Sandra Telfer is a Wellcome Trust Senior Research fellow based at the University of Aberdeen in the UK. Sandra obtained her BSc from the University of Edinburgh, and her MSc and PhD from the University of Aberdeen. Her research addresses both fundamental and applied questions related to host-parasite dynamics in wild populations and the threat posed by wildlife diseases to human and livestock health. Her research is interdisciplinary, combining field studies and genetic analyses, as well as social science methodologies. Sandra works in Madagascar, collaborating closely with the Institut Pasteur de Madagascar, and the UK, researching a range of rodent microparasites, including Leptospira, Yersinia, Rickettsia and Bartonella. Her group explores how spatial and temporal variation in rodent infection rates and the diversity of pathogens depend on climate, habitat, and the abundance and diversity of host and vector populations. In Madagascar, they also investigate how exposure rates in humans depend on environmental and socio-economic factors, and the development of strategies to reduce risk, such as more effective management of rodent populations.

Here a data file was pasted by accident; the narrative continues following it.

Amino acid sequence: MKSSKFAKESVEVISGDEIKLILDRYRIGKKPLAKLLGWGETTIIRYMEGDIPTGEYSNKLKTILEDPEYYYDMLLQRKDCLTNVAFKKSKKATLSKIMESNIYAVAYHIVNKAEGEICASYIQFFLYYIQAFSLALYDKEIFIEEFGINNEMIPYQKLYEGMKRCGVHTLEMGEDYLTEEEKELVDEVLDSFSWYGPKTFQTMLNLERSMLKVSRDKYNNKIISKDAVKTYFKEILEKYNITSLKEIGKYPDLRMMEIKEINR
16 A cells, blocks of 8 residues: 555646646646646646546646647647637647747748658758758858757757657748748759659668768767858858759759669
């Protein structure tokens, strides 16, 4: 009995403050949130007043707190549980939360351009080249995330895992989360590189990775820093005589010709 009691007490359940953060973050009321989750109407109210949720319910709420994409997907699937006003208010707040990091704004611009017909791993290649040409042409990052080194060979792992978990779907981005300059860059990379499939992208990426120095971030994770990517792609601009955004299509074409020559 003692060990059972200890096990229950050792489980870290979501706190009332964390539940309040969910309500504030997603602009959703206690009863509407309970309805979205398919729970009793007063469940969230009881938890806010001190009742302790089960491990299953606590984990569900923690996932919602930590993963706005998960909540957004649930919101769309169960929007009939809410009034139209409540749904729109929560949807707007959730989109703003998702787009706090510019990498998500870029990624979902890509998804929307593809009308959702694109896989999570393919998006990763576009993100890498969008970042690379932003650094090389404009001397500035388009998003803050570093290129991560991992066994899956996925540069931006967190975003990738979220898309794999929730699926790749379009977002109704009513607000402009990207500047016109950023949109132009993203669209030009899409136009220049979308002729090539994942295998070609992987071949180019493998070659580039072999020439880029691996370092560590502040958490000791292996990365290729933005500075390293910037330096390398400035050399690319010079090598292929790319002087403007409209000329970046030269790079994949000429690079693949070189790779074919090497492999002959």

Prof. Maxwell Barson – Department of Biological Sciences, University of Botswana, Botswana

Maxwell Barson was born in Harare, Zimbabwe in 1976, where he grew up, was educated and eventually entered the University of Zimbabwe in 1996. He is married to Caroline and they are blessed with 5 children. Within a decade between 1999 and 2009, he obtained four academic degrees with 3 institutions: BSc Honours in Biological Sciences (University of Zimbabwe, 1999); MPhil in Fish Parasitology (University of Zimbabwe, 2002); MSc in Aquatic Health (University of Johannesburg, RSA, 2004); PhD in Biology (Katholieke Universiteit Leuven, Belgium, 2009)